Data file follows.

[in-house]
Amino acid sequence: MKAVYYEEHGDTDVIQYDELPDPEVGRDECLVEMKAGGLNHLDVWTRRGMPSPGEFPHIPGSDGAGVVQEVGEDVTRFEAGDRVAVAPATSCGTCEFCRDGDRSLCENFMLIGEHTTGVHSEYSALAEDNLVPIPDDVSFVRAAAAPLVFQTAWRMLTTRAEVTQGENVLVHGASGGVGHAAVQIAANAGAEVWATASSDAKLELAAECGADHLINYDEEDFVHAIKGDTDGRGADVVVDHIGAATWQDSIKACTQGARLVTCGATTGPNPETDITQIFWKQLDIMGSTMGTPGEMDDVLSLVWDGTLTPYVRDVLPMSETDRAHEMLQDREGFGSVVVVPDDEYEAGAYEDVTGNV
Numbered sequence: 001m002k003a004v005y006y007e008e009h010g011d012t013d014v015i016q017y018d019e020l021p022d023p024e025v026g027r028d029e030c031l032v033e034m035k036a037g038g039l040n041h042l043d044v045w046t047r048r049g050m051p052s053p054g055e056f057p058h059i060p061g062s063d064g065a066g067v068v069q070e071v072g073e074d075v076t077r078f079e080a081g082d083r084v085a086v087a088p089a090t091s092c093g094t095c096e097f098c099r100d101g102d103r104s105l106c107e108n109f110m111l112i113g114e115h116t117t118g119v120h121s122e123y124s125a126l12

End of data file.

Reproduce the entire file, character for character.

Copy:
[in-house]
Amino acid sequence: MKAVYYEEHGDTDVIQYDELPDPEVGRDECLVEMKAGGLNHLDVWTRRGMPSPGEFPHIPGSDGAGVVQEVGEDVTRFEAGDRVAVAPATSCGTCEFCRDGDRSLCENFMLIGEHTTGVHSEYSALAEDNLVPIPDDVSFVRAAAAPLVFQTAWRMLTTRAEVTQGENVLVHGASGGVGHAAVQIAANAGAEVWATASSDAKLELAAECGADHLINYDEEDFVHAIKGDTDGRGADVVVDHIGAATWQDSIKACTQGARLVTCGATTGPNPETDITQIFWKQLDIMGSTMGTPGEMDDVLSLVWDGTLTPYVRDVLPMSETDRAHEMLQDREGFGSVVVVPDDEYEAGAYEDVTGNV
Numbered sequence: 001m002k003a004v005y006y007e008e009h010g011d012t013d014v015i016q017y018d019e020l021p022d023p024e025v026g027r028d029e030c031l032v033e034m035k036a037g038g039l040n041h042l043d044v045w046t047r048r049g050m051p052s053p054g055e056f057p058h059i060p061g062s063d064g065a066g067v068v069q070e071v072g073e074d075v076t077r078f079e080a081g082d083r084v085a086v087a088p089a090t091s092c093g094t095c096e097f098c099r100d101g102d103r104s105l106c107e108n109f110m111l112i113g114e115h116t117t118g119v120h121s122e123y124s125a126l12